There is a Buddhist koan I want to share with you that goes like this: When the student is ready, the teacher will appear. The teachers don’t always look like the professors in the classroom. I’ve found my teachers sometimes have fur and scales or hooves and tusks. One of the best had a curly tail and a flexible nose disk.
When I flew in space, I was privileged to witness our Earth from a totally different vantage point, where you see no boundaries between nations and people except as established by Mother Nature. There’s just not much we can do about some of those mountain ranges, or the vast deserts, and sheets of glacial ice, which, by the way, we continue to observe keenly at NASA.
Boundaries today are largely political, but even those, as witnessed by the recent uprisings in the Middle East so much fueled by the social media, are at best constructs that are rapidly changing.
I have often wished that Jefferson had not used that phrase “the pursuit of happiness” as the third right — although I understand in the first draft it was “life, liberty and the pursuit of property.” Of course, I would have been one of those properties one had the right to pursue, so I suppose happiness is an ethical improvement over a life devoted to the acquisition of land, acquisition of resources, acquisition of slaves.
Still, I would rather he had written “life, liberty and the pursuit of meaningfulness” or “integrity” or “truth.” I know that happiness has been the real, if covert, goal of your labors here. I know that it informs your choice of companions, the profession you will enter. But I urge you, please don’t settle for happiness. It’s not good enough.
Personal success devoid of meaningfulness, free of a steady commitment to social justice, that’s more than a barren life; it is a trivial one. It’s looking good instead of doing good.
A couple of years ago, I spent a bunch of time in Tibet and I came home. And I went to go get my mail. My mailbox is at the end of my street, so I parked my car and started pulling my chair out. And this little girl rode by, probably like 6 years old, on her little pink bike, streamers coming off her handlebars, and she said, “What happened to your legs?”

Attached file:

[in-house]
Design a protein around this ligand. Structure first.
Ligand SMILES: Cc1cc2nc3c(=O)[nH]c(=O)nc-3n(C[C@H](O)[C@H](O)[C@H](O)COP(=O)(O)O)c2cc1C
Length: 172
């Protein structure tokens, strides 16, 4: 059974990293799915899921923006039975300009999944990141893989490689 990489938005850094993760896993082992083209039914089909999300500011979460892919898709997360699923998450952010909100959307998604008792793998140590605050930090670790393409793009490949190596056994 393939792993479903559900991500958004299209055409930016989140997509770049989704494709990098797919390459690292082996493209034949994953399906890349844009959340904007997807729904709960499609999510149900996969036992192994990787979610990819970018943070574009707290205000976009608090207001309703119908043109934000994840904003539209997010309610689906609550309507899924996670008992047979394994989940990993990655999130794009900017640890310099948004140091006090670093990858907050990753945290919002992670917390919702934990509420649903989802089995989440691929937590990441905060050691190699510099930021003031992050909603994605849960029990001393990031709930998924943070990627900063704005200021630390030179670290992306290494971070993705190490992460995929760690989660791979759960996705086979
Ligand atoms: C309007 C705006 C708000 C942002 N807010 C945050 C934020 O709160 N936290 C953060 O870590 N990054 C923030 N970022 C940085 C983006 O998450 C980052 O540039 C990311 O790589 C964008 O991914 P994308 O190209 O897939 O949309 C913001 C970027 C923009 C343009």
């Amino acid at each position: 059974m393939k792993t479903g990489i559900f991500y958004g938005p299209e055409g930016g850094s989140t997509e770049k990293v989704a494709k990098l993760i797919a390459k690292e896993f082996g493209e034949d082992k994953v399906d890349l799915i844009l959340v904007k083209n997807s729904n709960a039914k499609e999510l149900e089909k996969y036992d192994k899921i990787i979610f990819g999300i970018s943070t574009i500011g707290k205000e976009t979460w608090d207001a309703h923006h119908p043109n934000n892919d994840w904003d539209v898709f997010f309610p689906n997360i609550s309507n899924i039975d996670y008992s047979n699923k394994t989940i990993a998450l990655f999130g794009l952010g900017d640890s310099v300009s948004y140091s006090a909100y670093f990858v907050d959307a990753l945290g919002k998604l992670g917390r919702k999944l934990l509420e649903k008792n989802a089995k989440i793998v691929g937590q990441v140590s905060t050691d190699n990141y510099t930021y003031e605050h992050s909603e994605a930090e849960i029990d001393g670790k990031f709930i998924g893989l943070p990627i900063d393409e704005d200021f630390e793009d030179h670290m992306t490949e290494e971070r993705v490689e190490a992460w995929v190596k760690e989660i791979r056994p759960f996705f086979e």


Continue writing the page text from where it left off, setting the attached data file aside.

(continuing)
I said: “I was a ski racer here at Middlebury, and it was my first day of Christmas vacation. I went to the mountain with my brother, met up with a bunch of friends, took a couple of runs preparing to train, and my ski popped off in the middle of the turn. And I fell in the middle of the trail, and I broke two vertebrae.”
She said, “So you’ll never walk again?” And I said, “No, probably not.” As she rode away, she said, “That’s too bad.”
I wish that I had stopped her because if I’d never had my accident I never would have been the best in the world at anything. I wouldn’t have turned a hobby into a profession. I don’t think I would have had the guts to get up in front of you and talk. Wouldn’t have acted in a soap opera. I wouldn’t have met presidents and heads of state.
But that little girl saw the tragedy; she didn’t see the potential gift.
I do have a few final bits of advice:
Acknowledge your mistakes, learn from them and move on.
Don’t be afraid of new ideas; be afraid of old ones.
Be faithful to your family and friends. You’ll get the same in return.
Tell the truth and always play by the rules.
If you think nobody cares, try missing a couple of payments.
It’s cool, again, to buy American!